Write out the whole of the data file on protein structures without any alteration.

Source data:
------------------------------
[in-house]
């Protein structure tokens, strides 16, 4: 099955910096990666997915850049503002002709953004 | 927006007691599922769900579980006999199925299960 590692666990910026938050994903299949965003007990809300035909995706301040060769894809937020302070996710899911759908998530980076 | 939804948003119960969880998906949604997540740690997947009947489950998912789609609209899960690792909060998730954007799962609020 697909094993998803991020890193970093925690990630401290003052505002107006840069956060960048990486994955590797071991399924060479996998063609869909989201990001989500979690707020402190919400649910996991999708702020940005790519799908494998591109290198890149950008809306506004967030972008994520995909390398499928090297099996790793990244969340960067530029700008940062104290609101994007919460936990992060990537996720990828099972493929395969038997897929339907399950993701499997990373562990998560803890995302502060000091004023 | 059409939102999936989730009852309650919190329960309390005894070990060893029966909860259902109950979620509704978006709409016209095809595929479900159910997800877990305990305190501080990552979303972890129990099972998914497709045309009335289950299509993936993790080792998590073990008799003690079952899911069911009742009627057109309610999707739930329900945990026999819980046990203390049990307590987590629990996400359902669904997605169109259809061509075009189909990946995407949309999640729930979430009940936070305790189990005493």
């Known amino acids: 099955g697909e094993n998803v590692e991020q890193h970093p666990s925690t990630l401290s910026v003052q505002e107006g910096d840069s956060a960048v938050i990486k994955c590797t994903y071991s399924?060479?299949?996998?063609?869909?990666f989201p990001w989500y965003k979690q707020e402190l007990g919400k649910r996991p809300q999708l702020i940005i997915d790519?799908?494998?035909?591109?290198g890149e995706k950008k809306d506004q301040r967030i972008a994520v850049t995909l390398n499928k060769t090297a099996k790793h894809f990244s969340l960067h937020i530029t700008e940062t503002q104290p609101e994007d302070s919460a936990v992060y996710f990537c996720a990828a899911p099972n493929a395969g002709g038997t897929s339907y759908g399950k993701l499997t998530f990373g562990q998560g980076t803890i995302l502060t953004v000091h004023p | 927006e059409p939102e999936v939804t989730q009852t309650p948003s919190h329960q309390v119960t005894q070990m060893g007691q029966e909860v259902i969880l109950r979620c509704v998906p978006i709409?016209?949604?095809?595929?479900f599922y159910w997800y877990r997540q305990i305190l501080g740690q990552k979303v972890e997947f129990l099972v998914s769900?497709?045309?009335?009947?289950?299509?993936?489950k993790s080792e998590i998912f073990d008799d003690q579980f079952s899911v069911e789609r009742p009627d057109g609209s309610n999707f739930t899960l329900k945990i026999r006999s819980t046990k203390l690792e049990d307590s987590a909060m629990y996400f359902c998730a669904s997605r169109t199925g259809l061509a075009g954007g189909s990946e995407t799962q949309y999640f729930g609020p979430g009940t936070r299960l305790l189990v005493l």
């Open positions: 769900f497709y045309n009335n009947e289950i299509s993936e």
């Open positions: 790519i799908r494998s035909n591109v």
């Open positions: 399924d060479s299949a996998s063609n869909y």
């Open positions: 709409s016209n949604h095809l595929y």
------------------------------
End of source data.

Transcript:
[in-house]
């Protein structure tokens, strides 16, 4: 099955910096990666997915850049503002002709953004 | 927006007691599922769900579980006999199925299960 590692666990910026938050994903299949965003007990809300035909995706301040060769894809937020302070996710899911759908998530980076 | 939804948003119960969880998906949604997540740690997947009947489950998912789609609209899960690792909060998730954007799962609020 697909094993998803991020890193970093925690990630401290003052505002107006840069956060960048990486994955590797071991399924060479996998063609869909989201990001989500979690707020402190919400649910996991999708702020940005790519799908494998591109290198890149950008809306506004967030972008994520995909390398499928090297099996790793990244969340960067530029700008940062104290609101994007919460936990992060990537996720990828099972493929395969038997897929339907399950993701499997990373562990998560803890995302502060000091004023 | 059409939102999936989730009852309650919190329960309390005894070990060893029966909860259902109950979620509704978006709409016209095809595929479900159910997800877990305990305190501080990552979303972890129990099972998914497709045309009335289950299509993936993790080792998590073990008799003690079952899911069911009742009627057109309610999707739930329900945990026999819980046990203390049990307590987590629990996400359902669904997605169109259809061509075009189909990946995407949309999640729930979430009940936070305790189990005493």
């Known amino acids: 099955g697909e094993n998803v590692e991020q890193h970093p666990s925690t990630l401290s910026v003052q505002e107006g910096d840069s956060a960048v938050i990486k994955c590797t994903y071991s399924?060479?299949?996998?063609?869909?990666f989201p990001w989500y965003k979690q707020e402190l007990g919400k649910r996991p809300q999708l702020i940005i997915d790519?799908?494998?035909?591109?290198g890149e995706k950008k809306d506004q301040r967030i972008a994520v850049t995909l390398n499928k060769t090297a099996k790793h894809f990244s969340l960067h937020i530029t700008e940062t503002q104290p609101e994007d302070s919460a936990v992060y996710f990537c996720a990828a899911p099972n493929a395969g002709g038997t897929s339907y759908g399950k993701l499997t998530f990373g562990q998560g980076t803890i995302l502060t953004v000091h004023p | 927006e059409p939102e999936v939804t989730q009852t309650p948003s919190h329960q309390v119960t005894q070990m060893g007691q029966e909860v259902i969880l109950r979620c509704v998906p978006i709409?016209?949604?095809?595929?479900f599922y159910w997800y877990r997540q305990i305190l501080g740690q990552k979303v972890e997947f129990l099972v998914s769900?497709?045309?009335?009947?289950?299509?993936?489950k993790s080792e998590i998912f073990d008799d003690q579980f079952s899911v069911e789609r009742p009627d057109g609209s309610n999707f739930t899960l329900k945990i026999r006999s819980t046990k203390l690792e049990d307590s987590a909060m629990y996400f359902c998730a669904s997605r169109t199925g259809l061509a075009g954007g189909s990946e995407t799962q949309y999640f729930g609020p979430g009940t936070r299960l305790l189990v005493l």
């Open positions: 769900f497709y045309n009335n009947e289950i299509s993936e």
């Open positions: 790519i799908r494998s035909n591109v």
């Open positions: 399924d060479s299949a996998s063609n869909y």
């Open positions: 709409s016209n949604h095809l595929y």